Flat Fee Listing Agreements

by : Donald Plunkett

All real estate listing agreements must be in writing. This is true for traditional brokers as well as flat fee listing companies. No property may be listed on the MLS without a valid listing agreement; the listing agreement is essentially an authorization in writing from the seller which is then signed by the broker. Listing agreements of any type should spell out the duties and responsibilities of each party. Unfortunately some traditional, full service listing agreements do spell out what the owner must do such as provide access to the property and pay a commission, but do not spell out exactly what the broker must provide such as weekly advertising in a particular newspaper, a certain type of sign, or an enhanced listing on Realtor.com. Many listing agreements tend to be vague, such as stating that they real estate agent will market the property without saying what exactly that means.

Many local Realtor associations or multiple listing services promulgate a standard listing agreement. There are typically only a few blanks and a couple of blank lines in which to modify the agreement. This ends up causing most listing agreements to be similar, even though different agents do business in different ways. Some agents may promise open houses every weekend, glossy magazine advertising, meeting prospects at the property and other things that end up not getting done or being handed to an unqualified assistant. Realizing that some of their competitors are promising things and not delivering, some savvy agents have drawn up addendums that spell out their service more precisely. If more agents did this, sellers would know upfront what to expect rather than being disappointed in the future. Flat fee listing brokers tend to have a much more customized listing agreement that spells out in much greater detail what exactly is being provided by the broker. The listing agreement should ideally list exactly what ala carte services are opted for. Often an MLS listing will be included in a basic program, but there might be additional services like extra photos or phone forwarding available as optional upgrades.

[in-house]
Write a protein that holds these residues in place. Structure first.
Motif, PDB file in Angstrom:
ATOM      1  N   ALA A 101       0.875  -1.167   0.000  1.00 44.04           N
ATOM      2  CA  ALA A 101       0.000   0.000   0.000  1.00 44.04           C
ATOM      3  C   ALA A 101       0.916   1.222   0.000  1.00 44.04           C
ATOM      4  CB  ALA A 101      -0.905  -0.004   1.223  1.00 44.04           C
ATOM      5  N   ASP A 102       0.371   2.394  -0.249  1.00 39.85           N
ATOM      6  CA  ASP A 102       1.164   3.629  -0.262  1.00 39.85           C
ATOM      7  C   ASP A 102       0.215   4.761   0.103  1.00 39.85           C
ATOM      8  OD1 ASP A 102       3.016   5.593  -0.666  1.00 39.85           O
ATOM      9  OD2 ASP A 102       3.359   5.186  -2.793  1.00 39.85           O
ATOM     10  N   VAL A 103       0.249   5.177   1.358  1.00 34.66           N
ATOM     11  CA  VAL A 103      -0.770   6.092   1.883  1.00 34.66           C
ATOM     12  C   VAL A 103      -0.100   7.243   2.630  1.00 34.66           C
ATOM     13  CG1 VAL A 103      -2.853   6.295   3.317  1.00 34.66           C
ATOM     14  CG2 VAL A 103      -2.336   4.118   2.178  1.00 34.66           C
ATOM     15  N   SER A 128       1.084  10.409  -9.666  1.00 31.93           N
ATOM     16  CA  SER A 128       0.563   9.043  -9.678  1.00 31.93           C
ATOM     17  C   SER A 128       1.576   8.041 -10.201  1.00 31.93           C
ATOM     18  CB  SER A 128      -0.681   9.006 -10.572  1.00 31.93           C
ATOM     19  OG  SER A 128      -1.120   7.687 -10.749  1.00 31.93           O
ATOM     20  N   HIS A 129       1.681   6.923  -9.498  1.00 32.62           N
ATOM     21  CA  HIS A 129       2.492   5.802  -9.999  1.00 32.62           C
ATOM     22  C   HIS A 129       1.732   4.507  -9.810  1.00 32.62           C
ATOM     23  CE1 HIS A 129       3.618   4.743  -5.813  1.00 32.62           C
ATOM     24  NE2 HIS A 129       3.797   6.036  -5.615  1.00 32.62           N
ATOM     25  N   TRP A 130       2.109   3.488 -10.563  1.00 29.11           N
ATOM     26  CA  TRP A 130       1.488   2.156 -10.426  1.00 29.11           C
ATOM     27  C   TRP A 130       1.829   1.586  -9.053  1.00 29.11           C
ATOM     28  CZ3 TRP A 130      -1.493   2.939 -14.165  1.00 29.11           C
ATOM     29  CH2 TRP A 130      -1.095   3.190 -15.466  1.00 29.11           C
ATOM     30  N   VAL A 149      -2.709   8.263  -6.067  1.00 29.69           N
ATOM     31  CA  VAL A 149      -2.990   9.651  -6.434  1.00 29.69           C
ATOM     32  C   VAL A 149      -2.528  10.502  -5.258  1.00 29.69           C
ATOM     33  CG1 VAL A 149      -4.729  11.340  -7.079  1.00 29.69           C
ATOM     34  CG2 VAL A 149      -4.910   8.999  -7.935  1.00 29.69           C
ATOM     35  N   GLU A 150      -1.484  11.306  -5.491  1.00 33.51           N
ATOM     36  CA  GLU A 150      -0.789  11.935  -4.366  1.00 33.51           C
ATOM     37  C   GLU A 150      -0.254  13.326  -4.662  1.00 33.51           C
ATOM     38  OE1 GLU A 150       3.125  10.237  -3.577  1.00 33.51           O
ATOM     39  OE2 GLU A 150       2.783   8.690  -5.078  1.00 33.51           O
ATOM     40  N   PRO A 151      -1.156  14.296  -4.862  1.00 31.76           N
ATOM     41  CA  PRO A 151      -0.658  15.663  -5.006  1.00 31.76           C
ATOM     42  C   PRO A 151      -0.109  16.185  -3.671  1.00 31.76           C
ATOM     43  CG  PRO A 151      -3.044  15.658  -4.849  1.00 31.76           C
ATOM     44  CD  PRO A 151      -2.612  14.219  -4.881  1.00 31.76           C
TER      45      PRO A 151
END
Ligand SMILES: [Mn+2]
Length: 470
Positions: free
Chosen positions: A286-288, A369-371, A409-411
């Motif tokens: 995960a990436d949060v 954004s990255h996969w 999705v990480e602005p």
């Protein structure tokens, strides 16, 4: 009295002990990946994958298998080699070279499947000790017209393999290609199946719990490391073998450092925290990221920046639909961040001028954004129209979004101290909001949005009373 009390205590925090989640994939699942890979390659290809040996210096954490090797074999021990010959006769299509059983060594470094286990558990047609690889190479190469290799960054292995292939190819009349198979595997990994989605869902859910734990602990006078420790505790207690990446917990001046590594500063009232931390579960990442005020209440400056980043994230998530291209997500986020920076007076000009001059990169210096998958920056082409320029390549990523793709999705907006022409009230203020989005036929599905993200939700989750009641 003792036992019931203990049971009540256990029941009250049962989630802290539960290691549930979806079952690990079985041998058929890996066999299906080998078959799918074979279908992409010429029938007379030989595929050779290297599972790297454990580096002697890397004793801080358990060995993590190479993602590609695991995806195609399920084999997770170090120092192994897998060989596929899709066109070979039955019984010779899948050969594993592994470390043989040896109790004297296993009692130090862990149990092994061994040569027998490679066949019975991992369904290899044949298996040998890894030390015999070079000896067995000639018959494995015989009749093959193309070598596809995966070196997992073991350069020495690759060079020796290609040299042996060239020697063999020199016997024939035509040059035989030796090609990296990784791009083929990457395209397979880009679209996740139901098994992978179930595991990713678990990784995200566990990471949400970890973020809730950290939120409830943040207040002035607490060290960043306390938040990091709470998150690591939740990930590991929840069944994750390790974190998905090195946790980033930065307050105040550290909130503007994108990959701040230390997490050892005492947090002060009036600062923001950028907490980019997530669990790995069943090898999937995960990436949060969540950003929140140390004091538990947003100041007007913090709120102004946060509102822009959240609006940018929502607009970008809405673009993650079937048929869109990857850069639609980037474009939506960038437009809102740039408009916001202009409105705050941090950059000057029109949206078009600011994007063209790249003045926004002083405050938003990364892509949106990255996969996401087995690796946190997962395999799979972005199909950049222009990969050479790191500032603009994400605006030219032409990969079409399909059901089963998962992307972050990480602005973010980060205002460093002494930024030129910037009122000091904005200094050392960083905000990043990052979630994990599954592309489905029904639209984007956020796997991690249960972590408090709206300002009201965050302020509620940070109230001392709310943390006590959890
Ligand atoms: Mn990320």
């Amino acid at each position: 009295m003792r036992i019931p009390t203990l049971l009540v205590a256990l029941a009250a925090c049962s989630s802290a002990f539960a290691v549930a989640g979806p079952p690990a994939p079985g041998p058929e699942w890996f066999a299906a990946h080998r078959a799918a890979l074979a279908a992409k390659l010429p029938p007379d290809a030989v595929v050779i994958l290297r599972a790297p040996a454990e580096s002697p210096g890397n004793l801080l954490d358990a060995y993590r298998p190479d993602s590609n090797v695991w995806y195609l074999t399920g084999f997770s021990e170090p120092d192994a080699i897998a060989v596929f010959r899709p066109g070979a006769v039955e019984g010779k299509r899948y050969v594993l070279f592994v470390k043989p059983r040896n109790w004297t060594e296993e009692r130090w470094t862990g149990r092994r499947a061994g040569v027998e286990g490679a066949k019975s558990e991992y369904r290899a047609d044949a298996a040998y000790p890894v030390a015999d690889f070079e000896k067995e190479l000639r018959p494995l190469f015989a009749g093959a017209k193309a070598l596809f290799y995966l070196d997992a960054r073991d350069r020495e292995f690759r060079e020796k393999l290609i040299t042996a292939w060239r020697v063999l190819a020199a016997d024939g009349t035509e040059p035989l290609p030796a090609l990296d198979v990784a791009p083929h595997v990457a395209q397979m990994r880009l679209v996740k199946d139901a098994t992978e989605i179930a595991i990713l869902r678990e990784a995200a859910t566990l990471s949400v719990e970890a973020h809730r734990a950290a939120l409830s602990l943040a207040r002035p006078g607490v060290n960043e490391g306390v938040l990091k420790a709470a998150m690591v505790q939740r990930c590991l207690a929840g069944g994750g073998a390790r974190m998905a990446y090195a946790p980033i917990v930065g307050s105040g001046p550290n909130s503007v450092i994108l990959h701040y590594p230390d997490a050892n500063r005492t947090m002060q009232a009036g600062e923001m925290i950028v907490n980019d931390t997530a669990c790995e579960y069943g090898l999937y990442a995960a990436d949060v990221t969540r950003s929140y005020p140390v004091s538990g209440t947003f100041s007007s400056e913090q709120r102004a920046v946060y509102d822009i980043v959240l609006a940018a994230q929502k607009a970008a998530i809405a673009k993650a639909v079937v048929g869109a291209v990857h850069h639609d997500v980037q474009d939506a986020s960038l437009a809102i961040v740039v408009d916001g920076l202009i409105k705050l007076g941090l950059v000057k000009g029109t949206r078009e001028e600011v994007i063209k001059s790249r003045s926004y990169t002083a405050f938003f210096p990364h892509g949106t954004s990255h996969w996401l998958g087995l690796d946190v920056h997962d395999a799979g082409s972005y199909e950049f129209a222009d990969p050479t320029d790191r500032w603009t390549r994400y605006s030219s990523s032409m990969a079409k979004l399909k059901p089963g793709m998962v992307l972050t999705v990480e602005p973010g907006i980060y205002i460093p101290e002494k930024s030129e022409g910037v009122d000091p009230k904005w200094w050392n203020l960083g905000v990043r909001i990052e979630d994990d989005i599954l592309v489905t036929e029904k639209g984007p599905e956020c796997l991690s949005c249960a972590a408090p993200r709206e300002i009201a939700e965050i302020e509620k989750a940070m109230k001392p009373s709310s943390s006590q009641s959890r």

While the entire agreement is important and it is advisable to ask any legal questions to your attorney, just a few of the things to focus on in you review of the agreement include the following. Make sure your name, price, property address and/or legal description, and contact information are accurate. This could prevent misunderstandings or delays in communication. Review the commission section. This is critical since you are typically obligated to pay a fee to a buyer's broker in the event that they bring a buyer to your property. The listing agreement is a legally enforceable contract so do not take your commitment to pay the commission lightly. There may be penalties or other issues if you do not honor this commitment. The disclosures section will require you to disclose what you know about the property, ranging from known defects, to the presence of lead-based paint, to the location of earthquake fault zones (and everything in between). When in doubt, always disclose, disclose, disclose.